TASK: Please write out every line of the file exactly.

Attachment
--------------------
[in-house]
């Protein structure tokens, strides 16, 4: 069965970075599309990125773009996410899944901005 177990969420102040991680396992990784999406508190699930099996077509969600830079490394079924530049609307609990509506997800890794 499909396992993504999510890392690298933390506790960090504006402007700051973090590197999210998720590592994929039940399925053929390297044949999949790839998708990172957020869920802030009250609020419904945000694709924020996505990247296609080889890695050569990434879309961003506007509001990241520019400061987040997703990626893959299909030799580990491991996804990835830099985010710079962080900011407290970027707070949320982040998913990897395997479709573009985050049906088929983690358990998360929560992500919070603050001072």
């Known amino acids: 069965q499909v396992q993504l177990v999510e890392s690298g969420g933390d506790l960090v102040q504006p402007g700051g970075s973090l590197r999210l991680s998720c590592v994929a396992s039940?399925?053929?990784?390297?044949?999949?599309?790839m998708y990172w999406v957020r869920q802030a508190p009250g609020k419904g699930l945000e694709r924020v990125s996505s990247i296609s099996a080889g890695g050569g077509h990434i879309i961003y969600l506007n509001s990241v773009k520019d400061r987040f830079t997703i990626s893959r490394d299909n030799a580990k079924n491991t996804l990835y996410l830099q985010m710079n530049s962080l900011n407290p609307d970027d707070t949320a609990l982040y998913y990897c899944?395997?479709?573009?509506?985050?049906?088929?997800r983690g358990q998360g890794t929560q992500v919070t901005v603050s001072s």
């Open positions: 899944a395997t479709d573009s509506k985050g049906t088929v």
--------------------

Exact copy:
[in-house]
């Protein structure tokens, strides 16, 4: 069965970075599309990125773009996410899944901005 177990969420102040991680396992990784999406508190699930099996077509969600830079490394079924530049609307609990509506997800890794 499909396992993504999510890392690298933390506790960090504006402007700051973090590197999210998720590592994929039940399925053929390297044949999949790839998708990172957020869920802030009250609020419904945000694709924020996505990247296609080889890695050569990434879309961003506007509001990241520019400061987040997703990626893959299909030799580990491991996804990835830099985010710079962080900011407290970027707070949320982040998913990897395997479709573009985050049906088929983690358990998360929560992500919070603050001072």
């Known amino acids: 069965q499909v396992q993504l177990v999510e890392s690298g969420g933390d506790l960090v102040q504006p402007g700051g970075s973090l590197r999210l991680s998720c590592v994929a396992s039940?399925?053929?990784?390297?044949?999949?599309?790839m998708y990172w999406v957020r869920q802030a508190p009250g609020k419904g699930l945000e694709r924020v990125s996505s990247i296609s099996a080889g890695g050569g077509h990434i879309i961003y969600l506007n509001s990241v773009k520019d400061r987040f830079t997703i990626s893959r490394d299909n030799a580990k079924n491991t996804l990835y996410l830099q985010m710079n530049s962080l900011n407290p609307d970027d707070t949320a609990l982040y998913y990897c899944?395997?479709?573009?509506?985050?049906?088929?997800r983690g358990q998360g890794t929560q992500v919070t901005v603050s001072s």
């Open positions: 899944a395997t479709d573009s509506k985050g049906t088929v």